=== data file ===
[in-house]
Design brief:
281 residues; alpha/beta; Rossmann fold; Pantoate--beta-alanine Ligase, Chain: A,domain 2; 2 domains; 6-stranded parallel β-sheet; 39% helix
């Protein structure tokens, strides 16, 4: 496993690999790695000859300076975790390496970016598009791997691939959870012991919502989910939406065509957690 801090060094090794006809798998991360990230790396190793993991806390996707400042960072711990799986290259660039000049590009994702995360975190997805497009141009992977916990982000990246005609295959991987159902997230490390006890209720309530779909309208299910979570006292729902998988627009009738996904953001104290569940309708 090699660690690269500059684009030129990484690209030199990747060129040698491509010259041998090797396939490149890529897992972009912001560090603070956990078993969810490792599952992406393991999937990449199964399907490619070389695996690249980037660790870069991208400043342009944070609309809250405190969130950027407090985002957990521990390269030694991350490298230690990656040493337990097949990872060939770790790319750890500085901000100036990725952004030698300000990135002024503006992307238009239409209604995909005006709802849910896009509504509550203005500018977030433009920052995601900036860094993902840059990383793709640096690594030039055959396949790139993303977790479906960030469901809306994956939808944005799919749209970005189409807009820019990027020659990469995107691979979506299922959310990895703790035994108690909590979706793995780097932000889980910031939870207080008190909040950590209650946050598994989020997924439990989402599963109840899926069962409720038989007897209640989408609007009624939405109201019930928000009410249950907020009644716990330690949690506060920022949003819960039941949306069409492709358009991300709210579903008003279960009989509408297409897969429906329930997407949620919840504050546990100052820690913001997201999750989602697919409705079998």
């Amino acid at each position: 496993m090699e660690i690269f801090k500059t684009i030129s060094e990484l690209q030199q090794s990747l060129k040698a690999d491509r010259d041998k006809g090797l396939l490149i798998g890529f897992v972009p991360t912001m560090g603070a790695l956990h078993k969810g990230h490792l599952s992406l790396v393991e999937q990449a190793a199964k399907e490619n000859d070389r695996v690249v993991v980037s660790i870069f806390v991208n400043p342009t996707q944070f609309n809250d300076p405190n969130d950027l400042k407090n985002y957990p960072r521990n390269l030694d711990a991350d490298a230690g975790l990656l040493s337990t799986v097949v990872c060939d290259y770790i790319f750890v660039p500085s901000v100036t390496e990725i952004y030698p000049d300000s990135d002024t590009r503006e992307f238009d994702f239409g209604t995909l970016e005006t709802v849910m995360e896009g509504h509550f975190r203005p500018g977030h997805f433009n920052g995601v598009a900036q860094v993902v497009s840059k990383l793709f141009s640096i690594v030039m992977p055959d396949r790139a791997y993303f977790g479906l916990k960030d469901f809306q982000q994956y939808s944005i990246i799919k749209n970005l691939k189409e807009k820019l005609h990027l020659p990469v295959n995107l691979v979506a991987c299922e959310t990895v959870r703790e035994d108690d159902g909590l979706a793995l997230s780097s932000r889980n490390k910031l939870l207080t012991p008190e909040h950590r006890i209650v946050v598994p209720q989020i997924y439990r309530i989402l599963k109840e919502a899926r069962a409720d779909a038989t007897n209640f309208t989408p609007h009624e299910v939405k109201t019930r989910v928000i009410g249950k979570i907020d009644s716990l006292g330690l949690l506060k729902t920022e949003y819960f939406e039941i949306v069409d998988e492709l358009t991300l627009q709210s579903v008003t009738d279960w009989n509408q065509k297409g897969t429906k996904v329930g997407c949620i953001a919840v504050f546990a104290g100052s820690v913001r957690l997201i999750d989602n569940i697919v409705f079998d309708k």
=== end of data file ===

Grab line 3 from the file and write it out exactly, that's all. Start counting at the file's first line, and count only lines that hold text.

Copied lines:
281 residues; alpha/beta; Rossmann fold; Pantoate--beta-alanine Ligase, Chain: A,domain 2; 2 domains; 6-stranded parallel β-sheet; 39% helix